Mass General Researchers Detail How Artificial Intelligence Could Make Surgery Safer

In a recent article in Annals of Surgery, a research team from Massachusetts General Hospital and MIT details the ways in which artificial intelligence (AI) could revolutionize the practice and teaching of surgery—and how patients will benefit with safer surgeries and better outcomes.

Daniel Hashimoto,

The team, which includes Mass General physician-researchers Daniel Hashimoto, MD, MS, and Ozanan Meireles, MD, from the Department of Surgery, encourages surgeons to collaborate with data scientists in the development of new AI applications and to find the most effective ways to integrate these technologies into clinical practice.

For AI, much of its clinical potential lies in its ability to analyze combinations of structured and unstructured data such as EMR notes, vitals, laboratory values and video footage to provide surgeons with significantly improved clinical decision support, the authors say.

While the potential for AI is great, the authors also caution that these technologies will only be as good as the data that is used to power them—and the clinical expertise of the surgeons in implementing them into the operating room (OR).

Machine Learning

Machine learning (ML) is a method of data analysis that identifies underlying patterns and structures to enable a computer to learn and make predictions.

By applying multiple algorithms to the same data set, ML applications could significantly improve on the predictions made by conventional statistical methods, the authors say.

The authors note a recent study in which an ML application significantly outperformed a decision tree approach in predicting lung cancer staging.

The ML application performed at 93% sensitivity (correctly identifying the disease), 92% specificity (correctly identifying those who did not have the disease) and 72% accuracy (the percentage of patients it correctly identified out of the total). By comparison, the decision tree model performed at 53% sensitivity, 89% specificity and 72% accuracy.

Natural Language Processing

Natural language processing (NLP) is a subfield of AI that emphasizes building a computer’s ability to understand human language. The authors say NLP will play a crucial role in analyzing and integrating electronic medical data into AI applications, especially narrative documentation from physicians.

NLP technologies can be trained to extract relevant medical information out of narrative statements provided by physicians in a way that will allow physicians to write more naturally, rather than having to input specific text sequences or select from a menu of options.

Artificial Neural Networks

Much like the brain changes the way it processes information as it responds to external stimuli, artificial neural networks (ANNs) change the pathways used to process information as they develop different input and output maps corresponding to tasks such as pattern recognition and data classification.

A 2016 study demonstrated that by using clinical variables such as patient history, medications, blood pressure and length of stay, ANN algorithms can yield predictions of in-hospital mortality after open abdominal aortic aneurysm repair with a sensitivity of 87%, specificity of 96.1% and accuracy of 95.4%.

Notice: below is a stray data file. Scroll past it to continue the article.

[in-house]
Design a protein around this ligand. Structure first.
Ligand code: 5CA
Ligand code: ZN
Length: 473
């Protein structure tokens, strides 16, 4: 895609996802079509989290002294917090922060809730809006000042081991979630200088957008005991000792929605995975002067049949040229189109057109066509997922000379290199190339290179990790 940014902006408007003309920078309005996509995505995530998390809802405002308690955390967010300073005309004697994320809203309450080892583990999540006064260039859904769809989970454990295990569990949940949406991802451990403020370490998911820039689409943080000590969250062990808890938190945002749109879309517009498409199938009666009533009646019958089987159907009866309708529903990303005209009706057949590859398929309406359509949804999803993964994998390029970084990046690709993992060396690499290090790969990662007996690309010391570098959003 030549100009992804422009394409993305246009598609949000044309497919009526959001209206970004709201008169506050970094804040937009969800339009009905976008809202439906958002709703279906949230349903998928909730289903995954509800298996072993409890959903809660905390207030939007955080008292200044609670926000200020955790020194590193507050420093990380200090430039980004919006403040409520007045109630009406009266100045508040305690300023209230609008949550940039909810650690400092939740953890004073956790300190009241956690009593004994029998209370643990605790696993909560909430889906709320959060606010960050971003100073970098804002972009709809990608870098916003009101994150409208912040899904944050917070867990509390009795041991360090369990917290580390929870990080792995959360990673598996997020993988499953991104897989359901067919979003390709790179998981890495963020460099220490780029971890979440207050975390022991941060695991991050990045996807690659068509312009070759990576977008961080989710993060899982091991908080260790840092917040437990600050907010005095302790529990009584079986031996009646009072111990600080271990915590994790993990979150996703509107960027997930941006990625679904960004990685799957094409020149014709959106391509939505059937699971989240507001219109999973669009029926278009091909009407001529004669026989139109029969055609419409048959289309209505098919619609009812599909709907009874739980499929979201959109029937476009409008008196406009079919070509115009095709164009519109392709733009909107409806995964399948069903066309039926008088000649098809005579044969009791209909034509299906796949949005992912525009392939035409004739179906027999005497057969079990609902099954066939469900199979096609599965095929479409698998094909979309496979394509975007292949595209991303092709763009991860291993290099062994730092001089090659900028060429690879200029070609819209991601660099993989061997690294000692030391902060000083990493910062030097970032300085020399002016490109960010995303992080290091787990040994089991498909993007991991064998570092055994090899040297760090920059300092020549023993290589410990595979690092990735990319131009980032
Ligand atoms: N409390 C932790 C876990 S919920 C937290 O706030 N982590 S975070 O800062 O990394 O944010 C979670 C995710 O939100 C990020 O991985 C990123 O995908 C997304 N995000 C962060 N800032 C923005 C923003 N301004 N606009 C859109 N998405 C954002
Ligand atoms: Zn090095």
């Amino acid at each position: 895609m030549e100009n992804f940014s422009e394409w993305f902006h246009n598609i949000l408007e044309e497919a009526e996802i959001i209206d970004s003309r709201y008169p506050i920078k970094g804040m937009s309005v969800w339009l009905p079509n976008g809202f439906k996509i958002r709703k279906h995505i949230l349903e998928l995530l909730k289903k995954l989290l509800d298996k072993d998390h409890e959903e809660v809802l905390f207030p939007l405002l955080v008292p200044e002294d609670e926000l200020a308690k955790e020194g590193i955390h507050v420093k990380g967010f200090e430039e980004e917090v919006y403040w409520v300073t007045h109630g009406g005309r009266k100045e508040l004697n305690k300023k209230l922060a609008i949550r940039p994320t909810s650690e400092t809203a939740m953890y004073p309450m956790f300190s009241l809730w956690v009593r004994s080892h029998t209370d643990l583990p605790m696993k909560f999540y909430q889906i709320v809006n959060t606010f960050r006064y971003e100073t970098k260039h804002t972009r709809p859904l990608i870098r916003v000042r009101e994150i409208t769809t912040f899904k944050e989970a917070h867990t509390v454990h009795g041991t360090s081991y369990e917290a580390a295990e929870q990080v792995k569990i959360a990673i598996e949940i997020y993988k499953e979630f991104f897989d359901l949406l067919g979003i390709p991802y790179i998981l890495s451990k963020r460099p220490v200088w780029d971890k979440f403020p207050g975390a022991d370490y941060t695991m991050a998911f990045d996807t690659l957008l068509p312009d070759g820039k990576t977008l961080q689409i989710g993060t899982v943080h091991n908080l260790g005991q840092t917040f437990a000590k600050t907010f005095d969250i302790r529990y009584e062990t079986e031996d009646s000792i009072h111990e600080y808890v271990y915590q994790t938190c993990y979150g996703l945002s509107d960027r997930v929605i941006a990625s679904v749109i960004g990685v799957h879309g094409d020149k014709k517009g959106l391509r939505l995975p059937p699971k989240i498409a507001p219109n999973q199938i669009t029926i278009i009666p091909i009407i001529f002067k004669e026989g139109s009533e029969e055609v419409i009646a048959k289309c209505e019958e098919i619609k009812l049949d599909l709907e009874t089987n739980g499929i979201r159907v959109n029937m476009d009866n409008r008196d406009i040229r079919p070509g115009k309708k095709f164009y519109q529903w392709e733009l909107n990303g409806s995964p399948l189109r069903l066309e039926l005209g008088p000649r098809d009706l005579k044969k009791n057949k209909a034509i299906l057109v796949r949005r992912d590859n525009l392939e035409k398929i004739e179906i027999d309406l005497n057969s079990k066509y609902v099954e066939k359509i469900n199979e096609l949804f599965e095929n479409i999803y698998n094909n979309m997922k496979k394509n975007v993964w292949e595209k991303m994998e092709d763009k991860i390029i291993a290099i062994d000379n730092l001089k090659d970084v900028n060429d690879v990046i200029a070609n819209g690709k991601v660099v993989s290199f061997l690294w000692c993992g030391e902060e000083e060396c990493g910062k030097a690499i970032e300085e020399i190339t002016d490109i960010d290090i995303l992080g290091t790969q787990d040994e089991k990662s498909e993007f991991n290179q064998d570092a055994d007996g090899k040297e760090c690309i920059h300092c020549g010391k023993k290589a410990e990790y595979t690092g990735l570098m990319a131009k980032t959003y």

Computer Vision

Computer vision describes the ability of a machine to analyze and understand information contained in images and videos.

Utilizing ML approaches, current work in computer vision is focusing on higher level concepts such as image-based analysis of surgical procedures to identify patient cohorts, conduct longitudinal studies and inform decision-making in surgery.

The authors say that computer vision could also be used as a real-time operating assistant to identify and respond to surgical complications and errors.

For example, a recent study found that real-time analysis of laparoscopic video yielded 92.8% accuracy in identifying the steps of a sleeve gastrectomy and was able to note missing or unexpected steps.

The Role of Surgeons

While these use cases are promising, the authors caution that as with any new technology, AI is susceptible to unrealistic expectations that can lead to disappoint and disillusionment.

“It is not a magic bullet that can answer all questions, and it will not improve on all methods of analysis.”

For example, systemic biases in data collection can affect the accuracy of algorithms and could impact the accuracy of prediction models for women and racial minorities due to their under-representation in clinical trials.
“Although the automated nature of these technologies finds patterns missed by humans, scientists are left with little ability to assess how or why such patterns were recognized by the computer.”

The team says that surgeons must work to improve the diversity of patient information in data models, advocate for transparency in AI algorithms, and collaborate with patients to develop the right way to integrate AI technologies into clinical care.

“If appropriately developed and implemented, AI has the potential to revolutionize the way surgery is taught and practiced with the promise of a future optimized for highest quality patient care.”

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